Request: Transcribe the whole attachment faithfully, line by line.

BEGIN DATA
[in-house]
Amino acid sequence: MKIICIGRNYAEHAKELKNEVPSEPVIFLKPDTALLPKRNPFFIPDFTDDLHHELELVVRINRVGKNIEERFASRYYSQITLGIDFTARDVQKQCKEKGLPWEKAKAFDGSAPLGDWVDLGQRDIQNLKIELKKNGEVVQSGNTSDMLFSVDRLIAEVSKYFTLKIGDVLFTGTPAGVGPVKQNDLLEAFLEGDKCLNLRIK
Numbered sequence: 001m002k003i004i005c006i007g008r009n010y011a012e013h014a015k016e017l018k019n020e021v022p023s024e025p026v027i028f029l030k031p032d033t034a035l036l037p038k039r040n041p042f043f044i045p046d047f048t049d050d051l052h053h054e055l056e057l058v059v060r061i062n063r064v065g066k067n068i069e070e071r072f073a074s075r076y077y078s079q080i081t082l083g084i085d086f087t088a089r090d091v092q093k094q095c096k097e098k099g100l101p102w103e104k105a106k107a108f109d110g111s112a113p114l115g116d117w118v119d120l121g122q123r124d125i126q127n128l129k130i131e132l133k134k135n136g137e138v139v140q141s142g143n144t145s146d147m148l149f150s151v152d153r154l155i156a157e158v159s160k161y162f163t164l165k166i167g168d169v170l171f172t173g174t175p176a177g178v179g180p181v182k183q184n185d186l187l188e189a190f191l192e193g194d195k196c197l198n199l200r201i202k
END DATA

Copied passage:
[in-house]
Amino acid sequence: MKIICIGRNYAEHAKELKNEVPSEPVIFLKPDTALLPKRNPFFIPDFTDDLHHELELVVRINRVGKNIEERFASRYYSQITLGIDFTARDVQKQCKEKGLPWEKAKAFDGSAPLGDWVDLGQRDIQNLKIELKKNGEVVQSGNTSDMLFSVDRLIAEVSKYFTLKIGDVLFTGTPAGVGPVKQNDLLEAFLEGDKCLNLRIK
Numbered sequence: 001m002k003i004i005c006i007g008r009n010y011a012e013h014a015k016e017l018k019n020e021v022p023s024e025p026v027i028f029l030k031p032d033t034a035l036l037p038k039r040n041p042f043f044i045p046d047f048t049d050d051l052h053h054e055l056e057l058v059v060r061i062n063r064v065g066k067n068i069e070e071r072f073a074s075r076y077y078s079q080i081t082l083g084i085d086f087t088a089r090d091v092q093k094q095c096k097e098k099g100l101p102w103e104k105a106k107a108f109d110g111s112a113p114l115g116d117w118v119d120l121g122q123r124d125i126q127n128l129k130i131e132l133k134k135n136g137e138v139v140q141s142g143n144t145s146d147m148l149f150s151v152d153r154l155i156a157e158v159s160k161y162f163t164l165k166i167g168d169v170l171f172t173g174t175p176a177g178v179g180p181v182k183q184n185d186l187l188e189a190f191l192e193g194d195k196c197l198n199l200r201i202k